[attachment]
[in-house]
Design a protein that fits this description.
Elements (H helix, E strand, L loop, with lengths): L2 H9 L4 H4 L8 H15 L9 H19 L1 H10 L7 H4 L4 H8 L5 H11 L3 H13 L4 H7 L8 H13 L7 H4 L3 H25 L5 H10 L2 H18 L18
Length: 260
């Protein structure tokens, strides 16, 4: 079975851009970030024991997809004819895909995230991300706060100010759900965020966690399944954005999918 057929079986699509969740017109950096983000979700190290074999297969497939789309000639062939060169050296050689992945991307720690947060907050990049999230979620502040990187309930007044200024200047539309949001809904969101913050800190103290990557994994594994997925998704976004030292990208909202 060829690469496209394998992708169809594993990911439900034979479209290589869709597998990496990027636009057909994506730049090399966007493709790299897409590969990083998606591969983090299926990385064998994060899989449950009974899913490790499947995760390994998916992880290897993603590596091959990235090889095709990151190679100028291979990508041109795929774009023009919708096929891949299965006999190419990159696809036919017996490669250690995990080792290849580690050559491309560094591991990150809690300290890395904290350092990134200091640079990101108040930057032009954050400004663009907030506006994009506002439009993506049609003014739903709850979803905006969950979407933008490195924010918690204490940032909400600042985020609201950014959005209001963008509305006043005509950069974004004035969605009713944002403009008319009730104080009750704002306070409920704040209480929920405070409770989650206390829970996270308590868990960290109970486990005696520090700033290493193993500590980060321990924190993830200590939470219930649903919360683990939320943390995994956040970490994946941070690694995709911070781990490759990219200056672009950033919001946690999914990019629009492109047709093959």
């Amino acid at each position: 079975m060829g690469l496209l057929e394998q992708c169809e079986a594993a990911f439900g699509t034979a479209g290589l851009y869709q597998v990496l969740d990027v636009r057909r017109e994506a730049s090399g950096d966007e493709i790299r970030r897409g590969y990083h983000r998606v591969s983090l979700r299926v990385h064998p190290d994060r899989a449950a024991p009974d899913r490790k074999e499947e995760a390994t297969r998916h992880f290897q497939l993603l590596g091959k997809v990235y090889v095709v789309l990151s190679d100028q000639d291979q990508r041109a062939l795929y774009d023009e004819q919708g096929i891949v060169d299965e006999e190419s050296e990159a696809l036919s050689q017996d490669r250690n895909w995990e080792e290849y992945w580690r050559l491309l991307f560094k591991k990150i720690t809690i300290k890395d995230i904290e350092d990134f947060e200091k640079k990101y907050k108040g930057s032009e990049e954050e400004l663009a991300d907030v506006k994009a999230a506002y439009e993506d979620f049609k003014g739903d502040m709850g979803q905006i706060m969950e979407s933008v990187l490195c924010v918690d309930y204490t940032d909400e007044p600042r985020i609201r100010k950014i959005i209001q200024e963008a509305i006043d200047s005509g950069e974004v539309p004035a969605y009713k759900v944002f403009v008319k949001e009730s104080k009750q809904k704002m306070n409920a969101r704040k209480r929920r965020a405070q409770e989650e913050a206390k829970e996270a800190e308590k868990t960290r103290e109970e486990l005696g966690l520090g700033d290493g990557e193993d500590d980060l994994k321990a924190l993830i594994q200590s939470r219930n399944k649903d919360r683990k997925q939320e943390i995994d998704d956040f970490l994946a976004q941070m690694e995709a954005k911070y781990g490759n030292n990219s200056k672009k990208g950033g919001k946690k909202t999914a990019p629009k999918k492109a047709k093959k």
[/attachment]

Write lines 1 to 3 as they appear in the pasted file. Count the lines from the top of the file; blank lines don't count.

[in-house]
Design a protein that fits this description.
Elements (H helix, E strand, L loop, with lengths): L2 H9 L4 H4 L8 H15 L9 H19 L1 H10 L7 H4 L4 H8 L5 H11 L3 H13 L4 H7 L8 H13 L7 H4 L3 H25 L5 H10 L2 H18 L18